The success of Deb’s hard work and determination with Strands of Strength (SoS) is seen with every heartfelt thank you note she receives, with every surprise donation given and with the continued success of sold-out luncheons. For nine years, she has spearheaded an organization that has not yet had to hire an executive director. She has been hands-on from day one and has overseen every wig donation, hospital partner relationship and partner salon. By limiting the administrative costs through sensible spending and a reliance on partners and volunteers, nearly every dollar donated to SoS goes further in assisting people in need.

Strands of Strength (SoS) was born from the idea that a simple act can work wonders. The thousands of hours spent organizing, the hundreds of handwritten letters, the countless miles driven across the state – all to find a simple way to help women in need. Nearly 2000 wigs have been donated to date.

Warren Van Dyke, Greene

Warren Van Dyke has always believed strongly in supporting his community and church. Warren’s various volunteer activities include assisting with organizing the first and second “Good Old River Days” celebration, serving as both a state director and President of the Iowa Jaycees, starting a Pheasants Forever chapter in Louisa County being part of a group who founded the North Butler Pheasants Forever chapter, and serving as a hunter safety instructor for 13 years.

Warren’s service includes six years on the Greene and North Butler school boards, during a merger period with the two districts. He coached 3rd and 6th grade boys basketball for 9 years. He has been a member of the Greene and Wapello Volunteer Fire Departments, even becoming a certified diver during his time with the Wapello Fire Department.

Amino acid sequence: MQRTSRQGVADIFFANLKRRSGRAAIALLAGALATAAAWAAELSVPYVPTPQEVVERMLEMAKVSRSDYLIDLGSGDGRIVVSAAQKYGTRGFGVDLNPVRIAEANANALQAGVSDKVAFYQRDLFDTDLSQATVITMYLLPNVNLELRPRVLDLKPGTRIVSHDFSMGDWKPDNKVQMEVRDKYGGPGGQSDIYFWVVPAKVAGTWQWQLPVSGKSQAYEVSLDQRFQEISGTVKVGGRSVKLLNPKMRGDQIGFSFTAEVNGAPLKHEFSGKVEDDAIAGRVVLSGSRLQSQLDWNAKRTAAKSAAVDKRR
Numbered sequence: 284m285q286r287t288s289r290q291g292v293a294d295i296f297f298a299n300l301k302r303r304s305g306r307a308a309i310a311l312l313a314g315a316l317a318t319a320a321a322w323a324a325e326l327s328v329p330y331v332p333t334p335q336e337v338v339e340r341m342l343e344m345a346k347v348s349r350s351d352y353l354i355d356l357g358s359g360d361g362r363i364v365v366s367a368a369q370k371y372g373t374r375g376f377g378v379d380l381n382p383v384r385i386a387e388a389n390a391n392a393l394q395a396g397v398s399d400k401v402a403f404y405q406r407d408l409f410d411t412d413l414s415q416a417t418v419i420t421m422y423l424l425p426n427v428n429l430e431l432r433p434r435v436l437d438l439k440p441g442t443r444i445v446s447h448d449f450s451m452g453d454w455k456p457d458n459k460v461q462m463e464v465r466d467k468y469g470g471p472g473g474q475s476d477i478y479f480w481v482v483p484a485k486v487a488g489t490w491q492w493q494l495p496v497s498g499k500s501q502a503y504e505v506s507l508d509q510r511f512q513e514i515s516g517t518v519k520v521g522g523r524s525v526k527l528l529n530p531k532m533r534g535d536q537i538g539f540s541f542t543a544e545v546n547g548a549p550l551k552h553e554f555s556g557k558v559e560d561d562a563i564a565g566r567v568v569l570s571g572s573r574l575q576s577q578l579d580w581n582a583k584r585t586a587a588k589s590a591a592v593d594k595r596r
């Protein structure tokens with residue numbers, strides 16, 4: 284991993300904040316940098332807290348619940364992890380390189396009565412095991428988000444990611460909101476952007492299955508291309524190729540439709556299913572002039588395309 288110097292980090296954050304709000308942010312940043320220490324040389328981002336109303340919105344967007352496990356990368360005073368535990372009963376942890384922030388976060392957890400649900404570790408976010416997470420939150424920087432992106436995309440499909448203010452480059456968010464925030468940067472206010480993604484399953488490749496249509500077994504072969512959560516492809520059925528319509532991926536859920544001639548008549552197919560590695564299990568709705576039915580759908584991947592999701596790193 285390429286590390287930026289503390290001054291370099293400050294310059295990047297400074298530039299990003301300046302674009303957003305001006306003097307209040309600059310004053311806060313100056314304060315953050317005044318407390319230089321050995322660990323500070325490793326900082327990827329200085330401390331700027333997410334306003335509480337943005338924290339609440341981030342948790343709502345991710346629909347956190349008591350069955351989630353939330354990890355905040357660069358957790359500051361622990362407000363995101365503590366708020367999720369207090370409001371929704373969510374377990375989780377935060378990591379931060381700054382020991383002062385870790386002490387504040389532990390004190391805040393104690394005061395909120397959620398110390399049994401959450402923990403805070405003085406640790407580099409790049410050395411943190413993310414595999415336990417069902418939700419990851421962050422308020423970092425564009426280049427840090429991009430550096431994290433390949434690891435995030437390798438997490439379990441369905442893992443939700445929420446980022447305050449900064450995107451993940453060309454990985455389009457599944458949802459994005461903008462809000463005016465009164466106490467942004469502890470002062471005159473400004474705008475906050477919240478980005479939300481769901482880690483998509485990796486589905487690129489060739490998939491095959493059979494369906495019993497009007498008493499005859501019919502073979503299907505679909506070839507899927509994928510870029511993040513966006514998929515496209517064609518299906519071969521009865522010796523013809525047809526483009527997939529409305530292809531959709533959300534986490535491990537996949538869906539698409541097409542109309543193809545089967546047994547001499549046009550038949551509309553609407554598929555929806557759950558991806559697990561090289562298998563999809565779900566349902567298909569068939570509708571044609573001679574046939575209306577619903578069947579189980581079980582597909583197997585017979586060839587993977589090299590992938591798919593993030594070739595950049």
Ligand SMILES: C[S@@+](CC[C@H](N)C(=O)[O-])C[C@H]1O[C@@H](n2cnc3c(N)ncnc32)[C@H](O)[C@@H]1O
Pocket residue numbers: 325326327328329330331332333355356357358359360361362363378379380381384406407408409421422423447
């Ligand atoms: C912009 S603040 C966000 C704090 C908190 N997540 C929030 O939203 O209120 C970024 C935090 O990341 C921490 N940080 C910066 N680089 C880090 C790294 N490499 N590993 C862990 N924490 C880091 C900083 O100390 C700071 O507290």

Mr. Van Dyke’s volunteerism extends to his church, as he has been a trustee for the St. John’s Lutheran Church in Vilmar and assisted with the remodeling project at the church, helping install a new elevator, new carpet and painting. Warren has also traveled to Haiti on four mission trips, to help build Sukup Safe T homes at orphanages.

As if that wasn’t enough, Warren has also been an active member of the Butler County Pork Promoters for over 20 years. The Butler County Pork Promoters makes donations to local food banks and college scholarships. As part of that role, he has donated to flood relief in Greene. After Warren beat cancer following a diagnosis in 2010, he has become an avid supporter of Relay for Life and has raised countless dollars through both the Butler County Pork Promoters and Franklin County Sukup teams.

Warren plans to retire in a couple of years and intends to spend his retirement traveling with his wife Lollie.



Selection for the Iowa Volunteer Hall of Fame is the most prestigious state-level honor volunteers can receive; the people selected have freely given their precious time and talent in countless ways to benefit others and have forever changed their community, the state, the nation, or the world.

Inductees are recognized during a special ceremony held in the State Capitol Building and their names are engraved on the Volunteer Hall of Fame plaque on permanent display in the State Historical Museum. Since the award’s inception in 1989, over 179 Iowans have been honored.

Nomination forms are released each fall and may be submitted by anyone familiar with the nominee's volunteer commitment and impact. Nominees must live or operate in Iowa: individuals, national service members, families, groups, organizations, nonprofits, businesses, or corporations may be nominated.

If you have any questions please email icvs@iowaeda.com or call 800.308.5987.

Printed from the website on April 14, 2021 at 4:14pm.